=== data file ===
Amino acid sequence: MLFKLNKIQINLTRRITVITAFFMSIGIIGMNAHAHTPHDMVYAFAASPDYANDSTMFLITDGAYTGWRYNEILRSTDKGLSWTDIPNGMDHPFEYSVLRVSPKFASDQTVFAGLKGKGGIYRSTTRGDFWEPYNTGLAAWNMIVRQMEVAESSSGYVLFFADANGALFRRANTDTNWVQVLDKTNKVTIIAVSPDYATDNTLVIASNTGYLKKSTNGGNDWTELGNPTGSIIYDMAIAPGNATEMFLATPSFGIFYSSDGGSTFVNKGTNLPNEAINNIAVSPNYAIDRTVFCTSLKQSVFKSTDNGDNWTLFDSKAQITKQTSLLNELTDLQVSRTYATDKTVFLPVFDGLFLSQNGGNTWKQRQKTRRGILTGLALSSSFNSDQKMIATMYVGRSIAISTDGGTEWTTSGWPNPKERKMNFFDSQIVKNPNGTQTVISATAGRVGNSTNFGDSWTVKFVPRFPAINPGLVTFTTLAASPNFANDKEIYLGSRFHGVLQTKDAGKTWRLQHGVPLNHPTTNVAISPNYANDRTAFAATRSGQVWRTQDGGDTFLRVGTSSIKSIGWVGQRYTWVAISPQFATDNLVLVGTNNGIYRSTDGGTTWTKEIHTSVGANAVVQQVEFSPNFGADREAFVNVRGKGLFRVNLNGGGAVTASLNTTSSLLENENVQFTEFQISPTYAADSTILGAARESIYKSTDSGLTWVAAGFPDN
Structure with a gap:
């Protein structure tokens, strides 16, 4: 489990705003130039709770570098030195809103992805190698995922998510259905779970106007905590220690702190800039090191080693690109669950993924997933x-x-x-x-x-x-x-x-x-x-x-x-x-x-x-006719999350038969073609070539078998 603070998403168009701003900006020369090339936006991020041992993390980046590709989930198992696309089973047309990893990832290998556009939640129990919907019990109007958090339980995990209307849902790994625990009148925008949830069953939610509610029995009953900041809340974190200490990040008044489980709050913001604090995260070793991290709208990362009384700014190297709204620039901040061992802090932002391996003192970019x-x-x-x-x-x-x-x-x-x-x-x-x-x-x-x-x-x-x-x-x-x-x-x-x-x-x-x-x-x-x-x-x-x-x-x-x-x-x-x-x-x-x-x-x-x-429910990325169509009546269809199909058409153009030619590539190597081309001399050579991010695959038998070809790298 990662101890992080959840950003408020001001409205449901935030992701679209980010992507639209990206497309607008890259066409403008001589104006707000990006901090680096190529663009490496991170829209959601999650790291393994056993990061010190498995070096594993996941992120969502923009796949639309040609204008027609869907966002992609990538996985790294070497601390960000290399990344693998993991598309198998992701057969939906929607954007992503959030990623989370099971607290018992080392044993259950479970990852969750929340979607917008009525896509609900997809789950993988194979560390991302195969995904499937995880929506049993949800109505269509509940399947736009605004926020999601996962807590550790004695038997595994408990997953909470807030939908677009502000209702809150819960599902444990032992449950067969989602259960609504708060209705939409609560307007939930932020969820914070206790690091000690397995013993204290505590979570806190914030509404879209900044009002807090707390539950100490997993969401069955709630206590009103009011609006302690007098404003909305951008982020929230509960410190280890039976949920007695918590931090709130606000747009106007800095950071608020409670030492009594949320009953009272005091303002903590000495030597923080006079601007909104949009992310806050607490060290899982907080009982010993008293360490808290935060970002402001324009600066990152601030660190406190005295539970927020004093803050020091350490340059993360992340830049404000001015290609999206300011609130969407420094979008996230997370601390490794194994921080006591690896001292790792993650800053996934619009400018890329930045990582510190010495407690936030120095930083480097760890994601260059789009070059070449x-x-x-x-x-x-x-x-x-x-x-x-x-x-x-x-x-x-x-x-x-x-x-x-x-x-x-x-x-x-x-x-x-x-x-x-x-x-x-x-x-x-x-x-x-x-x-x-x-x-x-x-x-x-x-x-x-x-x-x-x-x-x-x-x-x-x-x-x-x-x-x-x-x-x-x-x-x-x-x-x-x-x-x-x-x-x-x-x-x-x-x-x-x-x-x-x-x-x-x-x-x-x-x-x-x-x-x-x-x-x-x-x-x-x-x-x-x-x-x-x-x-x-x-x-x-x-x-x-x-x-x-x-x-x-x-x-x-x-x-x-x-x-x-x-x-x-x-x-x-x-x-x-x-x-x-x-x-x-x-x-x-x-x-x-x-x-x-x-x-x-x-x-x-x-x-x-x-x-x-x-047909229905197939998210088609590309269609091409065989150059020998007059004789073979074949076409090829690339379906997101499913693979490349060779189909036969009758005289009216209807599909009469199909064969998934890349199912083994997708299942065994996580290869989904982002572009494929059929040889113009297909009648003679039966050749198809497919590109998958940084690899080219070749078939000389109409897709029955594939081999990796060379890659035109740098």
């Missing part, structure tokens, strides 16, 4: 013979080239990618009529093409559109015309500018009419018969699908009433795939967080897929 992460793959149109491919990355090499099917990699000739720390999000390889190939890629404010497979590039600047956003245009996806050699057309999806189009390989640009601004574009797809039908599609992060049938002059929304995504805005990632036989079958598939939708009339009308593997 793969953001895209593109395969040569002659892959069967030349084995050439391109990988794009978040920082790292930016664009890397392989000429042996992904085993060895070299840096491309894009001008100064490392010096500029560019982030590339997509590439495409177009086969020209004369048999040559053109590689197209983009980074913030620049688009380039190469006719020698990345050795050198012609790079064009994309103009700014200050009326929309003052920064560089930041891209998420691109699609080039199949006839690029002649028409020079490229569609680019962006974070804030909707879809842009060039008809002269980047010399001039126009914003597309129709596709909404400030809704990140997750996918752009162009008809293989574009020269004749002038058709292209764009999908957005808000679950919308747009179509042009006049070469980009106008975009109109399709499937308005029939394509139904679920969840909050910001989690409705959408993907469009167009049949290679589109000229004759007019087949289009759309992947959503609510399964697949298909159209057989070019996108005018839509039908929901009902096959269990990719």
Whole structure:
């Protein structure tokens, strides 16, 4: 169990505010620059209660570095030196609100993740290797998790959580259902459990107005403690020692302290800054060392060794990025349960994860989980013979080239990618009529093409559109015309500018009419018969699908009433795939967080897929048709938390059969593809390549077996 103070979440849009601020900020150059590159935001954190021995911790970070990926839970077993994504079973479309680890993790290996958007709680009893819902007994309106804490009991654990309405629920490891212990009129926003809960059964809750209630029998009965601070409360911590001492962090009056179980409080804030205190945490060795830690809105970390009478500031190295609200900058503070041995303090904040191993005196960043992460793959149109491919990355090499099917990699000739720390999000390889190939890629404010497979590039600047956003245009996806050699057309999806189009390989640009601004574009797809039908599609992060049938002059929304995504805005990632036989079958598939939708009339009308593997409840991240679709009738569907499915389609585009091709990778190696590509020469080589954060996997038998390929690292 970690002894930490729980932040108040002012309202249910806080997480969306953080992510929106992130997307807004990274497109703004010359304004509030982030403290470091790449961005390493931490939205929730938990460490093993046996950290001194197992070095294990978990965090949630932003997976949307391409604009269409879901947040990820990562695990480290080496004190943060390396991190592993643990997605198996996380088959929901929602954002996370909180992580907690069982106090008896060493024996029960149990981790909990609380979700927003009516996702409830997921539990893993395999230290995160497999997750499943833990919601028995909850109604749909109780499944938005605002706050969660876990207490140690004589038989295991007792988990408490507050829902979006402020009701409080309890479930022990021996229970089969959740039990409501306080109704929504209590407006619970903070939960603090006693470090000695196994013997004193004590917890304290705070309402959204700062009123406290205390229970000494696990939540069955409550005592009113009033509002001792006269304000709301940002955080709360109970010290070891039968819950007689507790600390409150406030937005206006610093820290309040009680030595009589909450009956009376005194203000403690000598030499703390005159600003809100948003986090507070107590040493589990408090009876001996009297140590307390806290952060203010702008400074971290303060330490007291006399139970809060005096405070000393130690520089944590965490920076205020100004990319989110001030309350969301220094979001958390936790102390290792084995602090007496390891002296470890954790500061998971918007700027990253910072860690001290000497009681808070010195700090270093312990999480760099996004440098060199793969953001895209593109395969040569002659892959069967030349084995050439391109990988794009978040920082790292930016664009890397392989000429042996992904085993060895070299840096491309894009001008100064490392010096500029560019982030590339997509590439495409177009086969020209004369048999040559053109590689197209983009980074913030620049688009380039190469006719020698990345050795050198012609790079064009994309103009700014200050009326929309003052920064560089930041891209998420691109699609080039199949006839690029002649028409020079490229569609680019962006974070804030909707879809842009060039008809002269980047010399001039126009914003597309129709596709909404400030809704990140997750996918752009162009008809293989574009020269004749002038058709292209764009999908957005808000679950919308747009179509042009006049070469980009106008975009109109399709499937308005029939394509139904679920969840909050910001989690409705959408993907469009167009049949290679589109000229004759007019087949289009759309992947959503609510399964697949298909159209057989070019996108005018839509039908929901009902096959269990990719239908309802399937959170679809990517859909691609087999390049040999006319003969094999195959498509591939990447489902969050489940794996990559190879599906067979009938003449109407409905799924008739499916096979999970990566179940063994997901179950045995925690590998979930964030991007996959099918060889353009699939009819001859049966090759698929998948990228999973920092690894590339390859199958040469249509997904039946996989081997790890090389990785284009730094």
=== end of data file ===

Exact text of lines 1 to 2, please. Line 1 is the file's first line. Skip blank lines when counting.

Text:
Amino acid sequence: MLFKLNKIQINLTRRITVITAFFMSIGIIGMNAHAHTPHDMVYAFAASPDYANDSTMFLITDGAYTGWRYNEILRSTDKGLSWTDIPNGMDHPFEYSVLRVSPKFASDQTVFAGLKGKGGIYRSTTRGDFWEPYNTGLAAWNMIVRQMEVAESSSGYVLFFADANGALFRRANTDTNWVQVLDKTNKVTIIAVSPDYATDNTLVIASNTGYLKKSTNGGNDWTELGNPTGSIIYDMAIAPGNATEMFLATPSFGIFYSSDGGSTFVNKGTNLPNEAINNIAVSPNYAIDRTVFCTSLKQSVFKSTDNGDNWTLFDSKAQITKQTSLLNELTDLQVSRTYATDKTVFLPVFDGLFLSQNGGNTWKQRQKTRRGILTGLALSSSFNSDQKMIATMYVGRSIAISTDGGTEWTTSGWPNPKERKMNFFDSQIVKNPNGTQTVISATAGRVGNSTNFGDSWTVKFVPRFPAINPGLVTFTTLAASPNFANDKEIYLGSRFHGVLQTKDAGKTWRLQHGVPLNHPTTNVAISPNYANDRTAFAATRSGQVWRTQDGGDTFLRVGTSSIKSIGWVGQRYTWVAISPQFATDNLVLVGTNNGIYRSTDGGTTWTKEIHTSVGANAVVQQVEFSPNFGADREAFVNVRGKGLFRVNLNGGGAVTASLNTTSSLLENENVQFTEFQISPTYAADSTILGAARESIYKSTDSGLTWVAAGFPDN
Structure with a gap: